Keedrina is a young peasant maiden who lives on the outskirts of a prosperous seaport town until marauders kill her family and burn her farmhouse. She reports the tragedy to Duke Vahn, who champions her cause, apprehending the outlaws and meting out justice. Orphaned and homeless, Keedrina envies the slaves who live in fine homes with luxuries she has never had. The duke offers her a position as his indentured servant. With very little left to live on and intrigued with the handsome young noble, Keedrina accepts. Can the simple farmgirl find a home among the refined servants in the duke's house? Not if the prejudiced and conniving duchess has her way!

Sunday, August 05, 2007

Infinite Space, Infinite God Virtual Book Tour Schedule

Here's the schedule of the ISIG virtual book tour. Some folks have gotten excited and posted early. Please leave a comment; bloggers are getting a prize for most comments, and anyone who comments gets a chance to win either a copy of our Christian SF eBook, Leaps of Faith, or a gift certificate at Twilight Times Books.


1: (summary), Day 1 (summary)

2:, Day 2 (interview)

3: (interview)

4: (interview)

5: (interview)

6: (interview) (interview)

7: (interview) (interview)

8: (interview)

9: (interview)

10: (review)


12: (interview)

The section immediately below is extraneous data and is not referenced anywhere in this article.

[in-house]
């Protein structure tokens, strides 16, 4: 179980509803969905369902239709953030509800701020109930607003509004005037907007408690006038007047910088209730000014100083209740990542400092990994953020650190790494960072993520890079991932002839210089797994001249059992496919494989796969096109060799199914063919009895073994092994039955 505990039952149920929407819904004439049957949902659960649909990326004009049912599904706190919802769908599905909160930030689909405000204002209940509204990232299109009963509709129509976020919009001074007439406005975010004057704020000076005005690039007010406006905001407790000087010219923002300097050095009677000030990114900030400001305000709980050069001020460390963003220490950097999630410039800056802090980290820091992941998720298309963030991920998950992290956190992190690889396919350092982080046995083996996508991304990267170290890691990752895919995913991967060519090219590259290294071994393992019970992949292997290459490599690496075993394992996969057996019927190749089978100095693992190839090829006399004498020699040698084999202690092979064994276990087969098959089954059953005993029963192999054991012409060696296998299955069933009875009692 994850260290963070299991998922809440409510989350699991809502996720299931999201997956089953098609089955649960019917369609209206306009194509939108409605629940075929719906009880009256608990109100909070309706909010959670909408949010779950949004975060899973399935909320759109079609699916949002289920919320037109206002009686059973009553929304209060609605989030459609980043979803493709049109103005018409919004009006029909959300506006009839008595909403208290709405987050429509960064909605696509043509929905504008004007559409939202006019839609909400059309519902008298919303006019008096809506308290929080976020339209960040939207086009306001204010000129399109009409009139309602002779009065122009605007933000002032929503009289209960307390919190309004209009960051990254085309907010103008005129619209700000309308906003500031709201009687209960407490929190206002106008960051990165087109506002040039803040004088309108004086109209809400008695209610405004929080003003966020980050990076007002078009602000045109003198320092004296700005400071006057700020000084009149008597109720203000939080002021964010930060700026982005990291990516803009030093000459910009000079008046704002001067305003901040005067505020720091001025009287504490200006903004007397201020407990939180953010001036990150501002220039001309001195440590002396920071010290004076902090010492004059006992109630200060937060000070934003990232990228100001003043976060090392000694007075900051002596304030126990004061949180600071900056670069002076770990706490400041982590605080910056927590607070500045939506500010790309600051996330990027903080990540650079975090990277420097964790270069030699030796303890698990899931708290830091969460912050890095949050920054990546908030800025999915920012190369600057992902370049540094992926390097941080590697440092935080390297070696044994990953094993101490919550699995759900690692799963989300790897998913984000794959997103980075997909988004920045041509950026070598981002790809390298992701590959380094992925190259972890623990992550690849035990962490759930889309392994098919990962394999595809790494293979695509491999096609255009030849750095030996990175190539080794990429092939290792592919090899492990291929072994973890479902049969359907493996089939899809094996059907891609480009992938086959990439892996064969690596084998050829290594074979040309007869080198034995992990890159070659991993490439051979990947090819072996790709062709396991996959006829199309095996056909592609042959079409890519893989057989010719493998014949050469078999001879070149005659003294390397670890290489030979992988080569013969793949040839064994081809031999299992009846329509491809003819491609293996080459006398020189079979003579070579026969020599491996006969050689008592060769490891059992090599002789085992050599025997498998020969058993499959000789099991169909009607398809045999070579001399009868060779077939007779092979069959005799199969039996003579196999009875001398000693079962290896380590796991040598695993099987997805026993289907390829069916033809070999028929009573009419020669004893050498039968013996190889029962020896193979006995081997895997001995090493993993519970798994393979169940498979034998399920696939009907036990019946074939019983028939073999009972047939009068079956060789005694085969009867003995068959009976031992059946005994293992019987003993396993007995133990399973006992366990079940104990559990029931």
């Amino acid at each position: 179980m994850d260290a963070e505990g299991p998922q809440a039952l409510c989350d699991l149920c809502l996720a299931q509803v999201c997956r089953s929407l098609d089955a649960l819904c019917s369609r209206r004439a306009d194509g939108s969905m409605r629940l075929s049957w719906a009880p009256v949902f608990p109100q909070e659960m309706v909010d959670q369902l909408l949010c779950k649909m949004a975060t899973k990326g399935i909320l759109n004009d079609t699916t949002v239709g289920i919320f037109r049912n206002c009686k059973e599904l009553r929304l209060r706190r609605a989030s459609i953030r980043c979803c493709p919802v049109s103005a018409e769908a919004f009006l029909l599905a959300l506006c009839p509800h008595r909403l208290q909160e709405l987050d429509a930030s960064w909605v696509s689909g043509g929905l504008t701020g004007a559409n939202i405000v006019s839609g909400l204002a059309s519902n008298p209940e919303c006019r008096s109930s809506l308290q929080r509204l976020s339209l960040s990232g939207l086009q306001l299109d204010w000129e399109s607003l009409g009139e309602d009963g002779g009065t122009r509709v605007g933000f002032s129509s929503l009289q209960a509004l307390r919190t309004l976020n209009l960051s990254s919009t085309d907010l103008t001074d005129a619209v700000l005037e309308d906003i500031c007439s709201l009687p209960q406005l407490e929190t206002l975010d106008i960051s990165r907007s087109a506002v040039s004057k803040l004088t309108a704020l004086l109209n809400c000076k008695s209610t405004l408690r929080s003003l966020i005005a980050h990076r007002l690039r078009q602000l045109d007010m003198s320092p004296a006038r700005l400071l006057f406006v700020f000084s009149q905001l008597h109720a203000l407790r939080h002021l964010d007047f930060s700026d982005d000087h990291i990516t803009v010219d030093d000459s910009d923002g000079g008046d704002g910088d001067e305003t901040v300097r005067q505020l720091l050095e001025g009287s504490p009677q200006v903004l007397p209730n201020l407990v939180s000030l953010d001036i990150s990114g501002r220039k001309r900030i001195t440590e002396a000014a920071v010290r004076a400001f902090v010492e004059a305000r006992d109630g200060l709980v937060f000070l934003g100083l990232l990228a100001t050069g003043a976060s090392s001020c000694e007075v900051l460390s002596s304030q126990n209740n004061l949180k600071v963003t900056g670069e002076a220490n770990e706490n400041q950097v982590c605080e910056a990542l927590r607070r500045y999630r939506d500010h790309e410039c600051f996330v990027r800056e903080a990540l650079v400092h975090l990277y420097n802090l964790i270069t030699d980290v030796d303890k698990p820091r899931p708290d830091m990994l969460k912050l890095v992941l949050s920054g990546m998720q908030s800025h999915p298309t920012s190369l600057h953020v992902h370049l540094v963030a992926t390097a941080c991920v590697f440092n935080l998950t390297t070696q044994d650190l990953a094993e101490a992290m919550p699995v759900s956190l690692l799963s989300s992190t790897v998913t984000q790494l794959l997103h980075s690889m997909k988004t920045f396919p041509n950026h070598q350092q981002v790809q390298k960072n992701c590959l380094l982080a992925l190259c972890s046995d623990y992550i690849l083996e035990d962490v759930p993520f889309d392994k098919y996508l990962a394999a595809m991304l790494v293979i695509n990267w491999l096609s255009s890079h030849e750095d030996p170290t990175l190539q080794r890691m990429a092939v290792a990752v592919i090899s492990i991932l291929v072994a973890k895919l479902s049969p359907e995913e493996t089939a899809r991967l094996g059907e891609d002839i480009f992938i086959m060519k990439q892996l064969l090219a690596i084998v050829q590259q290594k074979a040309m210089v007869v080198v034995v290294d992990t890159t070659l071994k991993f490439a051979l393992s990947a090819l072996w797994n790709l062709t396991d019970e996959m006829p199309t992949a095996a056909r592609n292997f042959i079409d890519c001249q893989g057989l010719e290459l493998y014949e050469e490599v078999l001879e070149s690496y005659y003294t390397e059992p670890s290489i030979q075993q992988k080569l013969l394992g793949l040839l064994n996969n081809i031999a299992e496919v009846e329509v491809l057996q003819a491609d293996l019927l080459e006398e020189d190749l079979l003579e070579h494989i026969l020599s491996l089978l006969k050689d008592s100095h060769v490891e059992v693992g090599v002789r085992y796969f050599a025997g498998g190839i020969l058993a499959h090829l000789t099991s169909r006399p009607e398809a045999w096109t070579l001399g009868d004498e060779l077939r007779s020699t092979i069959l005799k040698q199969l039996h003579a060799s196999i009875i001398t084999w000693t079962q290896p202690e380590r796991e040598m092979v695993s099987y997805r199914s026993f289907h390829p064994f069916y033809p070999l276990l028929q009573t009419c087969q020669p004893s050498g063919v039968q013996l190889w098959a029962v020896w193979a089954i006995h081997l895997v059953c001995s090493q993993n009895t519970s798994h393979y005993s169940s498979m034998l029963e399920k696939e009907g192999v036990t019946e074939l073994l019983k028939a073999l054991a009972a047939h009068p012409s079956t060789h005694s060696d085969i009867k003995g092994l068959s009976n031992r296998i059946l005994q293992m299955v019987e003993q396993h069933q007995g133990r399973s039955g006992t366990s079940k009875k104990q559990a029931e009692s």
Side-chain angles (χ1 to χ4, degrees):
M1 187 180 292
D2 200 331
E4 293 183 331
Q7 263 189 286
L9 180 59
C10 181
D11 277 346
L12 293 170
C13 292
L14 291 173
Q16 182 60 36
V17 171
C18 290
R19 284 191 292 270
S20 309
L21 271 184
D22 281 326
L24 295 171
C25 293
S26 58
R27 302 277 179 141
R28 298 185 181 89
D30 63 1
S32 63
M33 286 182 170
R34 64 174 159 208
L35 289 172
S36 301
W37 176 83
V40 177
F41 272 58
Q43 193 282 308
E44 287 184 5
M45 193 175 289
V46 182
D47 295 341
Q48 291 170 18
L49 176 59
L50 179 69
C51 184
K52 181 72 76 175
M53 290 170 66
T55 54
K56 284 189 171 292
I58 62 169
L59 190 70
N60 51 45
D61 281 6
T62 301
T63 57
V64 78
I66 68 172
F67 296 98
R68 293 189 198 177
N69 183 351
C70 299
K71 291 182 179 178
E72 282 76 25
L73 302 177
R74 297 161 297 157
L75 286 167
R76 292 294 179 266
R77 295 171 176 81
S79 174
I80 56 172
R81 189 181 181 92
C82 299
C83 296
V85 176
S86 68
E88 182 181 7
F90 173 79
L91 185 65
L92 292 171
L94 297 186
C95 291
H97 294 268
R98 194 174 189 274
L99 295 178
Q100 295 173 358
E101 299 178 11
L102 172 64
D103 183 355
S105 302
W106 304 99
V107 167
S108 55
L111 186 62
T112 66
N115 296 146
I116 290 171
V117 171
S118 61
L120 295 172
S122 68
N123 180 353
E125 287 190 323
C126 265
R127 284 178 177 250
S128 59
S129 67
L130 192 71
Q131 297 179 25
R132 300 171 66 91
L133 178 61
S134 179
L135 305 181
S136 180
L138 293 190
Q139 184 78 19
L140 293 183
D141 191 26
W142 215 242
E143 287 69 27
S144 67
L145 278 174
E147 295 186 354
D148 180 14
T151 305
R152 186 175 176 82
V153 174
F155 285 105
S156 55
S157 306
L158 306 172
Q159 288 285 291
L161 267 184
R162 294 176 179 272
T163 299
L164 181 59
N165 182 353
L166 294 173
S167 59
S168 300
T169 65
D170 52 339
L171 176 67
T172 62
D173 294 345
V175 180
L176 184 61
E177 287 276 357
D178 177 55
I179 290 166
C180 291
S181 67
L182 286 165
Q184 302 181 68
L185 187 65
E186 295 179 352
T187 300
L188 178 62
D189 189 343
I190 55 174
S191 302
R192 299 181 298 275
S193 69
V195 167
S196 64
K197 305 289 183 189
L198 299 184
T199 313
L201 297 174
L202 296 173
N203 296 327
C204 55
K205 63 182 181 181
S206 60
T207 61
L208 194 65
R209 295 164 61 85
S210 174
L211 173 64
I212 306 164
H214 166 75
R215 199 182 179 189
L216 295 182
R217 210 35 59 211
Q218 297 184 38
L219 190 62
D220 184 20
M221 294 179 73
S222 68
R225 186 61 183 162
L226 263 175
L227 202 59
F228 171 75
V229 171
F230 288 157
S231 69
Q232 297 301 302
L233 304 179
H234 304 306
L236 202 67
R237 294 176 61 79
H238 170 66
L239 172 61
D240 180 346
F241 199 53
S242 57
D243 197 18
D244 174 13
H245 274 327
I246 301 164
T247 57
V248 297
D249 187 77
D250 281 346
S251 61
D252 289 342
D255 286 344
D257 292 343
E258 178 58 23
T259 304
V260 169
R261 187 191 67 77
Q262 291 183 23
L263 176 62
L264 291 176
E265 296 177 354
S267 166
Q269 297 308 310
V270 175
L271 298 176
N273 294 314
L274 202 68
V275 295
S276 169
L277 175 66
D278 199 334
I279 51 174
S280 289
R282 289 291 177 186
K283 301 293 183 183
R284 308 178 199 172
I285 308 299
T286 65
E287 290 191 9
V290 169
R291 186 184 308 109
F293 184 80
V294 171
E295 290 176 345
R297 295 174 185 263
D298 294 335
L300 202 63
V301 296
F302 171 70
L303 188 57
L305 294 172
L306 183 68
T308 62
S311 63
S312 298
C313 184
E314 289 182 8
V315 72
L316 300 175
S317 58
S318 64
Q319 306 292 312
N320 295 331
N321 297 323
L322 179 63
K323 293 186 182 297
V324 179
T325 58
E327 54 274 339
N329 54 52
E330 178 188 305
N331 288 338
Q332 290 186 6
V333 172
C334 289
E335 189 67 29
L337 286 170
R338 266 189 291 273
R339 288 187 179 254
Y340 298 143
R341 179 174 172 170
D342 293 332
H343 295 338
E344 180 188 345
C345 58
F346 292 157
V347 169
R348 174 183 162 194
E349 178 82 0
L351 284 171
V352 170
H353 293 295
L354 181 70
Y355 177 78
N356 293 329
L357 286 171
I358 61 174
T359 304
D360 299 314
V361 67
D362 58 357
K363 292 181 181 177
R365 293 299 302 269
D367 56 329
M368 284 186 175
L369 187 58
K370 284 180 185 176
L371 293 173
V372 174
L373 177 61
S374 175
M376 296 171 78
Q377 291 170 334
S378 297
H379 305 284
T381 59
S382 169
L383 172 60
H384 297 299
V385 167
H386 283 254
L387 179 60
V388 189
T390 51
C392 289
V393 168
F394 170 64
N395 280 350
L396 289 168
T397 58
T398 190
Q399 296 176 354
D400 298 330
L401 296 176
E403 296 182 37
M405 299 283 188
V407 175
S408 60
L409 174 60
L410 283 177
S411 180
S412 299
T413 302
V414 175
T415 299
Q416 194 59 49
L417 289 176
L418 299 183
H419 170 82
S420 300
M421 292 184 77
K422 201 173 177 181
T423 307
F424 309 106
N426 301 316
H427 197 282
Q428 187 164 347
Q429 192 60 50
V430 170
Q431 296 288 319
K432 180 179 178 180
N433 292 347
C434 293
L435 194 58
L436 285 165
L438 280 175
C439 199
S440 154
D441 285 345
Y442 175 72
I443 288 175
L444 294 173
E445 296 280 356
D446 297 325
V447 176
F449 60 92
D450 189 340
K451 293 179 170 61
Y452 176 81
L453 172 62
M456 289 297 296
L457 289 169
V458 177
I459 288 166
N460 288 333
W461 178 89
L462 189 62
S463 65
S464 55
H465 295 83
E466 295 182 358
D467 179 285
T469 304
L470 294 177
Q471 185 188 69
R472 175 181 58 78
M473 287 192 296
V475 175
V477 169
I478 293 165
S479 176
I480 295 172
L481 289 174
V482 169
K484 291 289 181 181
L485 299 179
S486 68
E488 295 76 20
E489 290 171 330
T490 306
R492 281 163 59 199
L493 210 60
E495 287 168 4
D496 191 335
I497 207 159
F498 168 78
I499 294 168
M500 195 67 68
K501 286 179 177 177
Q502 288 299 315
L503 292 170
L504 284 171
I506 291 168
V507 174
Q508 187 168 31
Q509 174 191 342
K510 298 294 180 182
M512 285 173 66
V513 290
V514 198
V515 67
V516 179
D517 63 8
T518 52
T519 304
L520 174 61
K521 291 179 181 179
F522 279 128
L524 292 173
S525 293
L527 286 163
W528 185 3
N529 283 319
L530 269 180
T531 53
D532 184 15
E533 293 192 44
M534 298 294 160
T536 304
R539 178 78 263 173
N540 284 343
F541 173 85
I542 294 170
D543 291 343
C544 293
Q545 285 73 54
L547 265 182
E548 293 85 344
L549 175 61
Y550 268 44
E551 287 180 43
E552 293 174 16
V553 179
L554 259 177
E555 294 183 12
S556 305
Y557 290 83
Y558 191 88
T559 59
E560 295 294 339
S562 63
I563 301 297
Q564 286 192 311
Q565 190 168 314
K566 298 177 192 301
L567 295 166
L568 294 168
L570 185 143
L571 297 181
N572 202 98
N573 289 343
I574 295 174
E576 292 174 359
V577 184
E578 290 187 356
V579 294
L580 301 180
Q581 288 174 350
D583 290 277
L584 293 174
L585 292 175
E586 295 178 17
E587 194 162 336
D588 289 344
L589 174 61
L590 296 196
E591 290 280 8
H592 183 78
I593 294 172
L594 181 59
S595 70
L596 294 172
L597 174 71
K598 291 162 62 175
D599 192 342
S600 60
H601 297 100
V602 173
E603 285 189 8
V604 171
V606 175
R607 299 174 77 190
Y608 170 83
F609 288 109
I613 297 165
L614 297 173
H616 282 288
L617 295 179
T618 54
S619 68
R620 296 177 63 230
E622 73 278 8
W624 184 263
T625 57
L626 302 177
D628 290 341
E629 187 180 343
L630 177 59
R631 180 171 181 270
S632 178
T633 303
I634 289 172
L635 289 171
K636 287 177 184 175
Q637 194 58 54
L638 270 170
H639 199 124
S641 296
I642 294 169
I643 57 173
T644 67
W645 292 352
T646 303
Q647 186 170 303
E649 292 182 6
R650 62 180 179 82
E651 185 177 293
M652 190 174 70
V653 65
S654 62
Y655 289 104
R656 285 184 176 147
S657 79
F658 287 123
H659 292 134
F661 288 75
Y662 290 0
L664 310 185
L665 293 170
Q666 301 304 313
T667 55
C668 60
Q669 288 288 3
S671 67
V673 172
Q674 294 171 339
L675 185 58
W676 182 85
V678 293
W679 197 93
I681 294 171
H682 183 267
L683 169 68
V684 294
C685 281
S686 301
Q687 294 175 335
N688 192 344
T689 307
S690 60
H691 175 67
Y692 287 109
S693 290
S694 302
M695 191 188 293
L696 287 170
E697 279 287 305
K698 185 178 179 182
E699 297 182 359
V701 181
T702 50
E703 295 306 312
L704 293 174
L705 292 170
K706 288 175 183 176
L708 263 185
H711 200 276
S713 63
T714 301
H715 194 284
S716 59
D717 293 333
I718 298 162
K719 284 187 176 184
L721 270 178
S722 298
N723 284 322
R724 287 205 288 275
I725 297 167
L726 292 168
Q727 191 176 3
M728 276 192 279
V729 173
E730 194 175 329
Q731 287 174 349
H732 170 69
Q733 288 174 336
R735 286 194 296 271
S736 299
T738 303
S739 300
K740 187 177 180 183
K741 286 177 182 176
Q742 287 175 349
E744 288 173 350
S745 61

13: (review) (interview)

14: (review)

15: (interview) (trailer)

16: (review) (interview) (summary)

17: (interview)

18: 12 Noon: Live Chat:

19: (review)
7:00-9:00 PM: (Live Chat)

20: (interview)

21: (review)

22: (review and interview) (review and interview)

23: (interview)

24: (interview) (interview)

25: (interview) (interview)

26: (interview)

27: (guest blogger) (interview) (interview)

28: (guest blogger) (review) (review)

29: 12 Noon: Live Chat "Infinite Space, Infinite God and the Infinite Possibilities of Book Marketing" (guest blogger)

30: (interview)

31: (review)

Thursday, August 02, 2007

Whale Song by Cheryl Kaye Tardif

Dear friends: My computer just went comatose or dead--not sure which--taking a wonderful interview and summary of Cheryl's book with it. When--if--I can get the information back, I'll post it here, but in the meantime, I present you this review From Booklist: